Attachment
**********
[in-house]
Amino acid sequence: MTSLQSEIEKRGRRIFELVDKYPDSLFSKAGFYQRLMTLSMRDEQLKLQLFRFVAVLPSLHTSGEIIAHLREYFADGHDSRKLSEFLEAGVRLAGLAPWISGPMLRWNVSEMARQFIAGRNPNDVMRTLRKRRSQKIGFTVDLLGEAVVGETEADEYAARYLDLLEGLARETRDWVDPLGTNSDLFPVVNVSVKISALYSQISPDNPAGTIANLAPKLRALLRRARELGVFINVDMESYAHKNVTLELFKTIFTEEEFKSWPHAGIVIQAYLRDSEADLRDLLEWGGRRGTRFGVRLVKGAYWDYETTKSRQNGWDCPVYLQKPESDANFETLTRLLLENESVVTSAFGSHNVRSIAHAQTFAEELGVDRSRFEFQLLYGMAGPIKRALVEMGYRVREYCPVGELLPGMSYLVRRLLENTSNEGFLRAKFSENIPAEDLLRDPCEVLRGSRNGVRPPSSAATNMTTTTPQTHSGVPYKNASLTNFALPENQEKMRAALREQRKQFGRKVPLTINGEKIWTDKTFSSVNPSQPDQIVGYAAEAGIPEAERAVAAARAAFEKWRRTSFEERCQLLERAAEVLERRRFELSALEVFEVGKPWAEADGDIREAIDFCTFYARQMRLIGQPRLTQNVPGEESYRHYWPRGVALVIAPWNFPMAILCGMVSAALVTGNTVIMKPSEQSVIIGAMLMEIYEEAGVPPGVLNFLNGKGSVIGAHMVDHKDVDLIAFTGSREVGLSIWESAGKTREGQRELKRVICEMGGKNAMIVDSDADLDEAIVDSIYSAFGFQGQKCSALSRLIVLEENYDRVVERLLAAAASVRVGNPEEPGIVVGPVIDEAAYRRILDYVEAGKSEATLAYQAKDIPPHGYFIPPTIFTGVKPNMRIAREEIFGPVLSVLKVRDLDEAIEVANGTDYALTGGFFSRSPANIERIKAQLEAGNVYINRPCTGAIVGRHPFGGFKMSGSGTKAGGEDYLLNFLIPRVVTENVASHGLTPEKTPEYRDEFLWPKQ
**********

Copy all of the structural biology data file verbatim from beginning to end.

[in-house]
Amino acid sequence: MTSLQSEIEKRGRRIFELVDKYPDSLFSKAGFYQRLMTLSMRDEQLKLQLFRFVAVLPSLHTSGEIIAHLREYFADGHDSRKLSEFLEAGVRLAGLAPWISGPMLRWNVSEMARQFIAGRNPNDVMRTLRKRRSQKIGFTVDLLGEAVVGETEADEYAARYLDLLEGLARETRDWVDPLGTNSDLFPVVNVSVKISALYSQISPDNPAGTIANLAPKLRALLRRARELGVFINVDMESYAHKNVTLELFKTIFTEEEFKSWPHAGIVIQAYLRDSEADLRDLLEWGGRRGTRFGVRLVKGAYWDYETTKSRQNGWDCPVYLQKPESDANFETLTRLLLENESVVTSAFGSHNVRSIAHAQTFAEELGVDRSRFEFQLLYGMAGPIKRALVEMGYRVREYCPVGELLPGMSYLVRRLLENTSNEGFLRAKFSENIPAEDLLRDPCEVLRGSRNGVRPPSSAATNMTTTTPQTHSGVPYKNASLTNFALPENQEKMRAALREQRKQFGRKVPLTINGEKIWTDKTFSSVNPSQPDQIVGYAAEAGIPEAERAVAAARAAFEKWRRTSFEERCQLLERAAEVLERRRFELSALEVFEVGKPWAEADGDIREAIDFCTFYARQMRLIGQPRLTQNVPGEESYRHYWPRGVALVIAPWNFPMAILCGMVSAALVTGNTVIMKPSEQSVIIGAMLMEIYEEAGVPPGVLNFLNGKGSVIGAHMVDHKDVDLIAFTGSREVGLSIWESAGKTREGQRELKRVICEMGGKNAMIVDSDADLDEAIVDSIYSAFGFQGQKCSALSRLIVLEENYDRVVERLLAAAASVRVGNPEEPGIVVGPVIDEAAYRRILDYVEAGKSEATLAYQAKDIPPHGYFIPPTIFTGVKPNMRIAREEIFGPVLSVLKVRDLDEAIEVANGTDYALTGGFFSRSPANIERIKAQLEAGNVYINRPCTGAIVGRHPFGGFKMSGSGTKAGGEDYLLNFLIPRVVTENVASHGLTPEKTPEYRDEFLWPKQ